Re: Performance improvement for joins where outer side is unique

From: David Rowley <david(dot)rowley(at)2ndquadrant(dot)com>
To: Tom Lane <tgl(at)sss(dot)pgh(dot)pa(dot)us>
Cc: PostgreSQL-development <pgsql-hackers(at)postgresql(dot)org>
Subject: Re: Performance improvement for joins where outer side is unique
Date: 2017-01-27 13:21:52
Message-ID: CAKJS1f9+Y4cCsmESG+Y4989EVs7rLnOq3uSPAVOoPe77unUZag@mail.gmail.com
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On 27 January 2017 at 12:39, Tom Lane <tgl(at)sss(dot)pgh(dot)pa(dot)us> wrote:
> 2. In these same cases (unique/semi/anti joins), it is possible to avoid
> mark/restore overhead in a mergejoin, because we can tweak the executor
> logic to not require backing up the inner side. This goes further than
> just tweaking the executor logic, though, because if we know we don't
> need mark/restore then that actually makes some plan shapes legal that
> weren't before: we don't need to interpose a Material node to protect
> join inputs that can't mark/restore.

I've made modifications in the attached to add this optimization, and
it's quite a significant improvement.

Setup:

create table t1 (id text primary key);
insert into t1 select x from generate_series(1,1000000) x(x);
create table t2 (id text primary key);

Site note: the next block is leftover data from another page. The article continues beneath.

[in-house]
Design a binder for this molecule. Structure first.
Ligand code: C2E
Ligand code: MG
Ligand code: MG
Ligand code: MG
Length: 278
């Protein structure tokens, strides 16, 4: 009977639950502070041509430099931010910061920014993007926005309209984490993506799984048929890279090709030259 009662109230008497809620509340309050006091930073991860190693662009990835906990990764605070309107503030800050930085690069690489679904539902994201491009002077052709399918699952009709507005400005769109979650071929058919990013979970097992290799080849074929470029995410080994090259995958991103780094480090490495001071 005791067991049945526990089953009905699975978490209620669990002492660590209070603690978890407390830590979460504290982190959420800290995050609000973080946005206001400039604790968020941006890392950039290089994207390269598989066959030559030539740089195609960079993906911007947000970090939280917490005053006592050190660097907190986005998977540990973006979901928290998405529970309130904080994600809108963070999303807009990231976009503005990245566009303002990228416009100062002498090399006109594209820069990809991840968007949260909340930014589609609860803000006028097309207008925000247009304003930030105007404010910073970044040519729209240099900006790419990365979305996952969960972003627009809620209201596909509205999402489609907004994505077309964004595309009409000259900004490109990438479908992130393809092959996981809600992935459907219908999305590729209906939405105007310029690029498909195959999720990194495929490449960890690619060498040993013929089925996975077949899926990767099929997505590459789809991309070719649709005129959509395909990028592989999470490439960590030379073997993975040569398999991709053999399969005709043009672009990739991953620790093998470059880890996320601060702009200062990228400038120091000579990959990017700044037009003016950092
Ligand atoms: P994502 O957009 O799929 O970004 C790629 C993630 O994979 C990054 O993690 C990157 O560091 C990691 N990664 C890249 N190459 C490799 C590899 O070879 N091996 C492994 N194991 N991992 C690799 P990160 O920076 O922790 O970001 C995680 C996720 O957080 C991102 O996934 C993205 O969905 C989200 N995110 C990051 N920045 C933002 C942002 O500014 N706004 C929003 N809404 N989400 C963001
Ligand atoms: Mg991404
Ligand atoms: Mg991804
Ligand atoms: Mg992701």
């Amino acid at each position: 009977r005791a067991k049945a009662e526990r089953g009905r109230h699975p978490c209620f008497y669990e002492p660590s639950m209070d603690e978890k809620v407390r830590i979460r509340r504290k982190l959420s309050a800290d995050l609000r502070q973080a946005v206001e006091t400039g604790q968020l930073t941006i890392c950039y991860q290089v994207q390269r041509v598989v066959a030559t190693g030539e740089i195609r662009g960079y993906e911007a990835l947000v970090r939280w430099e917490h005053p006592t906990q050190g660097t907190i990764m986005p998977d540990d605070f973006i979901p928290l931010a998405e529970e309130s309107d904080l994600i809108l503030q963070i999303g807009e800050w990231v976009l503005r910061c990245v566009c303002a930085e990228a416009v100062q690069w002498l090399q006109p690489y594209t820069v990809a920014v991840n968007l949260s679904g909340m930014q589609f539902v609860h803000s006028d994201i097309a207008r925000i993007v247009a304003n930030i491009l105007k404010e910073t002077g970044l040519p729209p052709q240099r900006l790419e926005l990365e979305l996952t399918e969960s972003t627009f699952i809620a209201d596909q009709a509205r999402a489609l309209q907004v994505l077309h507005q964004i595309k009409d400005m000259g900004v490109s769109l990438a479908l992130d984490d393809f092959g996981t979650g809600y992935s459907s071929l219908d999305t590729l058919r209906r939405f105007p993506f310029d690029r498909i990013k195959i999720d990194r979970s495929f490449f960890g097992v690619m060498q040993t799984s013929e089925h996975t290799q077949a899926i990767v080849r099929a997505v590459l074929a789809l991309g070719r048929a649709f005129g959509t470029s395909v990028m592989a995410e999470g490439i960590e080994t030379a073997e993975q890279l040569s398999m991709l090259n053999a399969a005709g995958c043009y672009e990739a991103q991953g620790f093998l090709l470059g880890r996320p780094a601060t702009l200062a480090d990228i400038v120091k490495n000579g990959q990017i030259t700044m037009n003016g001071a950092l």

insert into t2 select x from generate_series(1,1000000) x(x);
vacuum freeze;

Query:
select count(*) from t1 inner join t2 on t1.id=t2.id;

Unpatched

Time: 369.618 ms
Time: 358.208 ms
Time: 357.094 ms
Time: 355.642 ms
Time: 358.193 ms
Time: 371.272 ms
Time: 354.386 ms
Time: 364.277 ms
Time: 346.091 ms
Time: 358.757 ms

Patched

Time: 273.154 ms
Time: 258.520 ms
Time: 269.456 ms
Time: 252.861 ms
Time: 271.015 ms
Time: 252.567 ms
Time: 271.132 ms
Time: 267.505 ms
Time: 265.295 ms
Time: 257.068 ms

About 26.5% improvement for this case.

> * The patch applies point #1 to only INNER and LEFT join modes, but
> I don't really see why the idea wouldn't work for RIGHT and FULL modes,
> ie the optimization seems potentially interesting for all executable join
> types. Once you've got a match, you can immediately go to the next outer
> tuple instead of continuing to scan inner. (Am I missing something?)

No I believe I started development with LEFT JOINs, moved to INNER,
then didn't progress to think of RIGHT or FULL. I've lifted this
restriction in the patch. It seems no other work is required to have
that just work.

> * Particularly in view of the preceding point, I'm not that happy with
> the way that management/caching of the "is it unique" knowledge is
> done completely differently for INNER and LEFT joins. I wonder if
> there's actually a good argument for that or is it mostly a development
> sequence artifact. IOW, would it hurt to drop the SpecialJoinInfo
> tie-in and just rely on the generic cache?

I agree that special handling of one join type is not so pretty.
However, LEFT JOINs still remain a bit special as they're the only
ones we currently perform join removal on, and the patch modifies that
code to make use of the new flag for those. This can improve planner